Proteins were extracted from PBMCs using 1 × Cell Lysis Buffer (Bio-Plex Cell Lysis Kit, Bio-Rad, Hercules, CA, USA) containing 500mM PMSF (Sigma-Aldrich, St. Louis, MO, USA). Insoluble debris were removed by centrifugation at 4500g for 20min at 4ºC. Total protein concentration was determined using a BCA assay (Thermo Scientific Pierce). Afterwards, Mfn1, Mfn2, Opa1, Fis1 and Drp1 levels were determined using sandwich-ELISA assays (MyBioSource, San Diego, CA, USA) according to the manufacturer's instructions. The standard curve demonstrated a direct relationship between optical density (OD) and protein concentration.
Citrate synthase activity was assayed according to the method described by Srere,29 with a reaction mixture containing 100mM Tris, pH 8.0, 0.1mm acetyl CoA, 0.1mm 5,5′-di-thiobis-(2-nitrobenzoic acid), 0.1% triton X-100, and 2–4μg supernatant protein. The enzymatic reaction was initiated with 0.2μm oxaloacetate and monitored at 412 nm for 3min at 25°C.
Real-time quantitative (PCRs) were performed to measure the amount of mitochondrial DNA relative to a single-copy gene (beta-hemoglobin) with a modified protocol from Tyrka and collaborators.30 Reactions included 25ng genomic DNA, 300nmoll−1 of each primer, and 1 × Sybr Select Master Mix (Life Technologies, Carlsbad, CA, USA) in a final volume of 10μl. Primer sequences and PCR cycling conditions for both mtDNA and beta-hemoglobin have been previously reported.30 Reactions were carried out in 96-well plates and data were acquired in a QuantStudio 7 Flex Real-Time PCR System (Life Technologies). mtDNA copy number for each sample was determined by relative quantification based on a 5-point standard curve performed with a serial dilution (1:2) of a calibrator sample ranging from 1 to 0.0625ng DNA. All samples were analyzed in triplicate. The relative amount of mtDNA was finally divided by the relative amount of the beta-hemoglobin gene to obtain an index of mitochondrial DNA copy number.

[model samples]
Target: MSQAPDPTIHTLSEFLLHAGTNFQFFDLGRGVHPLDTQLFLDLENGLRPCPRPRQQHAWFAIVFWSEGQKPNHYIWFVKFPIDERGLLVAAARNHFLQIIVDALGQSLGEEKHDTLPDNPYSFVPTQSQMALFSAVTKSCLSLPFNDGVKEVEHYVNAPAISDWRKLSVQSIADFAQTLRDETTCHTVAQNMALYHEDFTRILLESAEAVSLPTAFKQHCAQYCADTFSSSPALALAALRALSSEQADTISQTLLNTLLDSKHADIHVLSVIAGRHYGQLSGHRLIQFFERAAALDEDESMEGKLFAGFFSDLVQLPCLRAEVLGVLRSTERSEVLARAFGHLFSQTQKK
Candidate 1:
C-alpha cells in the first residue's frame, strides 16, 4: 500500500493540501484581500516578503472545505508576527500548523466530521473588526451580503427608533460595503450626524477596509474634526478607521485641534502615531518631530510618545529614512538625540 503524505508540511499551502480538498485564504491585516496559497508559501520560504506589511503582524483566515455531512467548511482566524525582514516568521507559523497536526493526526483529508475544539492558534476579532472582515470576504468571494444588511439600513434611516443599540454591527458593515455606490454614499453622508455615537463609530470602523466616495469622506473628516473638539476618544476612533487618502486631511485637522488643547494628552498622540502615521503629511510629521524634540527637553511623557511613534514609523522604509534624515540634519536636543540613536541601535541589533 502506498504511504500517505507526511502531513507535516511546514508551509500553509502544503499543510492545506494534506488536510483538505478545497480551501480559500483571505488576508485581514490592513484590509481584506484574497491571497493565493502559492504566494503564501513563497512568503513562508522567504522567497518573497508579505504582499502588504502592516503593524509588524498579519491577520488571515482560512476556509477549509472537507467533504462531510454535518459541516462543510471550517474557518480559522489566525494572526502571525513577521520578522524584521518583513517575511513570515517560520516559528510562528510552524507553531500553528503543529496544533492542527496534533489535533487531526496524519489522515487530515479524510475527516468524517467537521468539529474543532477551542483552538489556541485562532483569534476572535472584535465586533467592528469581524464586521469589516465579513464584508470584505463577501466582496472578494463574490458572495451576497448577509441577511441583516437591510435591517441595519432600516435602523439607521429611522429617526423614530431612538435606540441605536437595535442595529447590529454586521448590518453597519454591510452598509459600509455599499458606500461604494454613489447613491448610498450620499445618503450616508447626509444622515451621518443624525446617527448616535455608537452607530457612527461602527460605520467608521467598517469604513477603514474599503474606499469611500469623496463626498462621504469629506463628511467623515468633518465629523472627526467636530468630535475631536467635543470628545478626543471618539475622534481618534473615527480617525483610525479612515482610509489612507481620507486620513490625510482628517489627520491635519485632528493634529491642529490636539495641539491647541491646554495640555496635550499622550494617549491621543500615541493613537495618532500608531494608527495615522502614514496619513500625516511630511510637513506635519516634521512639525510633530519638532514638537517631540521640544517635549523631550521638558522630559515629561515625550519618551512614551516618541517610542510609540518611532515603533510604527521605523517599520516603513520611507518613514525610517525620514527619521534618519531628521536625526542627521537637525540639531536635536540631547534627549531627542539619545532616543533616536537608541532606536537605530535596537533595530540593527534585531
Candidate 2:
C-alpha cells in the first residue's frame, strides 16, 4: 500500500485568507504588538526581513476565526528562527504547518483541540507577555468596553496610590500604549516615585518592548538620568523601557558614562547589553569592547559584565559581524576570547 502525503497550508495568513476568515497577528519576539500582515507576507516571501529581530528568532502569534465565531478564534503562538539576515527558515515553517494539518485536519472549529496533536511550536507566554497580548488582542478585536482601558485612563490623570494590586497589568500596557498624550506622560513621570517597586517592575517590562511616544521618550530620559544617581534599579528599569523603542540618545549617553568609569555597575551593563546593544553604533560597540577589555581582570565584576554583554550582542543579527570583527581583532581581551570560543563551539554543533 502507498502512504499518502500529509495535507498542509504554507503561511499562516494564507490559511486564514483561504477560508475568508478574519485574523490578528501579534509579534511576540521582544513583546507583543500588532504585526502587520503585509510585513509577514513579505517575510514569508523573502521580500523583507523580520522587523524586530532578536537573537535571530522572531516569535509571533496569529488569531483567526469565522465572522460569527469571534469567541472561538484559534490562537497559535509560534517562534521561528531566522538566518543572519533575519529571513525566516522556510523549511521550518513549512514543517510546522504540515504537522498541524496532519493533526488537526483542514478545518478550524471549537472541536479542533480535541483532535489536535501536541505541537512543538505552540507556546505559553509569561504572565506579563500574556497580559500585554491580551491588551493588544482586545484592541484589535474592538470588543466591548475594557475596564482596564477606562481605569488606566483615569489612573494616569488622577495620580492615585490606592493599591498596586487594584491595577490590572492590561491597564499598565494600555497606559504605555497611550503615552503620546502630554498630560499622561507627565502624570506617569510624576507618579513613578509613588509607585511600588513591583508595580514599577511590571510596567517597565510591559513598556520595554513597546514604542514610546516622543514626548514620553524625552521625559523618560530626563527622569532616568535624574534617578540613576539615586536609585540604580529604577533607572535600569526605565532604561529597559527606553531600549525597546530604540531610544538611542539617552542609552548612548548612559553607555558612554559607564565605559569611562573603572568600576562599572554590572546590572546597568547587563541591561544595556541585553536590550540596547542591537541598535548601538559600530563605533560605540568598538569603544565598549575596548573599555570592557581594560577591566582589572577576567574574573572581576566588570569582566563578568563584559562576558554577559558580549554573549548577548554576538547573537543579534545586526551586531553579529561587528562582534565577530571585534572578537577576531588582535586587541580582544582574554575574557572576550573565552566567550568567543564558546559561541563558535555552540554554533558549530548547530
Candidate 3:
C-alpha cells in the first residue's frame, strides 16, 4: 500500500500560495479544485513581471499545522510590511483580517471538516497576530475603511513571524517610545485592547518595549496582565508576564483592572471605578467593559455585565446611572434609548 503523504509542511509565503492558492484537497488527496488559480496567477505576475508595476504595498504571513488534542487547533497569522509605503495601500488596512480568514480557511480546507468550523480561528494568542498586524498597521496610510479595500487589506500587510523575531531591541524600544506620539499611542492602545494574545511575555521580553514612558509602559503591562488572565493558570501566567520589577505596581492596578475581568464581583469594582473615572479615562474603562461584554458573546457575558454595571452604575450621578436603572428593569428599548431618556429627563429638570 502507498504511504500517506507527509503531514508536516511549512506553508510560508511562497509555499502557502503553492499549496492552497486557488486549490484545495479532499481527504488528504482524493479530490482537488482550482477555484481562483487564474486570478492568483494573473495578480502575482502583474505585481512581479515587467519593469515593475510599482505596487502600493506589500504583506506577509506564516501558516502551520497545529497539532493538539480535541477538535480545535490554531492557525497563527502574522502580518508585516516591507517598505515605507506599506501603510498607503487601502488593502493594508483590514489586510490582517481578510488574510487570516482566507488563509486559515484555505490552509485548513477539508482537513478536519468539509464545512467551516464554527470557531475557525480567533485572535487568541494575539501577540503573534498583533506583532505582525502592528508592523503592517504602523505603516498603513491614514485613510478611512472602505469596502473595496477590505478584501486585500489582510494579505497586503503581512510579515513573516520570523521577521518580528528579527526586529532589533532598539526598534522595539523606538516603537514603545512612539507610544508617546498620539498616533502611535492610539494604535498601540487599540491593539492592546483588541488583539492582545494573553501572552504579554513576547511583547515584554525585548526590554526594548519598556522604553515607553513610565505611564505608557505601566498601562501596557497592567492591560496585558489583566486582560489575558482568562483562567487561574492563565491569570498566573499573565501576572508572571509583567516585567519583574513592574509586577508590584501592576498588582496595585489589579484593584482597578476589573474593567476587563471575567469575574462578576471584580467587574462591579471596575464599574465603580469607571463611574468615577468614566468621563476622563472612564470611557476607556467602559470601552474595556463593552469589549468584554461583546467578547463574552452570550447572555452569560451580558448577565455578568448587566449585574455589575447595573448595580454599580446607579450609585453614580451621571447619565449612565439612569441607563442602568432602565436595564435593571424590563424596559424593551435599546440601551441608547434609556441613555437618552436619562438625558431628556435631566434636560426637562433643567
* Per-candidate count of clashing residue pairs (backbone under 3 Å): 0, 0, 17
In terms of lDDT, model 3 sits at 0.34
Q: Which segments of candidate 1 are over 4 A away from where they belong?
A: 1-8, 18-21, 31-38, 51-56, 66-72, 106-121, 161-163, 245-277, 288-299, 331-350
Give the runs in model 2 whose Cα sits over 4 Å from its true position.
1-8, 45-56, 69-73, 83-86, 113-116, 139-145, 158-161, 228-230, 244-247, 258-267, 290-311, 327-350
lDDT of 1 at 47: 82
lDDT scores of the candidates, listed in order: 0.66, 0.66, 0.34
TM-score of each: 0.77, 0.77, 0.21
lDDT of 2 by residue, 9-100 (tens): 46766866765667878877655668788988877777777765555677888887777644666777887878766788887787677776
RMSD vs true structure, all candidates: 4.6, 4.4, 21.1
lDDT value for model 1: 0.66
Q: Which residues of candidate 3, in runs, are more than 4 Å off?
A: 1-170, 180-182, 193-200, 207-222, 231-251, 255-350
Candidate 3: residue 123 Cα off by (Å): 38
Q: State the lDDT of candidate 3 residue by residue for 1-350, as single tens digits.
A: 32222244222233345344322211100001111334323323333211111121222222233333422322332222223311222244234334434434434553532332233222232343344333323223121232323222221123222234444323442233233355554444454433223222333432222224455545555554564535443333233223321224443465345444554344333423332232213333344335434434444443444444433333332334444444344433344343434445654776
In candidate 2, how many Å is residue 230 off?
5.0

Statistical analyses were performed using Statistical Package for the Social Sciences, v.23.0 (SPSS, Armonk, NY, USA). Descriptive statistics were used to report demographic and clinical characteristics of the sample. Normality of data distribution was assessed using the Shapiro-Wilk test and histogram visualization. Since the variables being analyzed did not follow a normal distribution, the nonparametric Mann–Whitney U-test was used to test significant differences between the groups. Categorical variables were compared using chi-square or Fisher’s exact tests. Correlation analyses were performed using Spearman's rank correlation test. Data are presented as median and interquartile range (IQR). Significance was set at P<0.05. Analyses of covariance were used to adjust for possible confounders. We considered all variables associated with diagnostic group and markers with P<0.20 to be possible confounding factors.31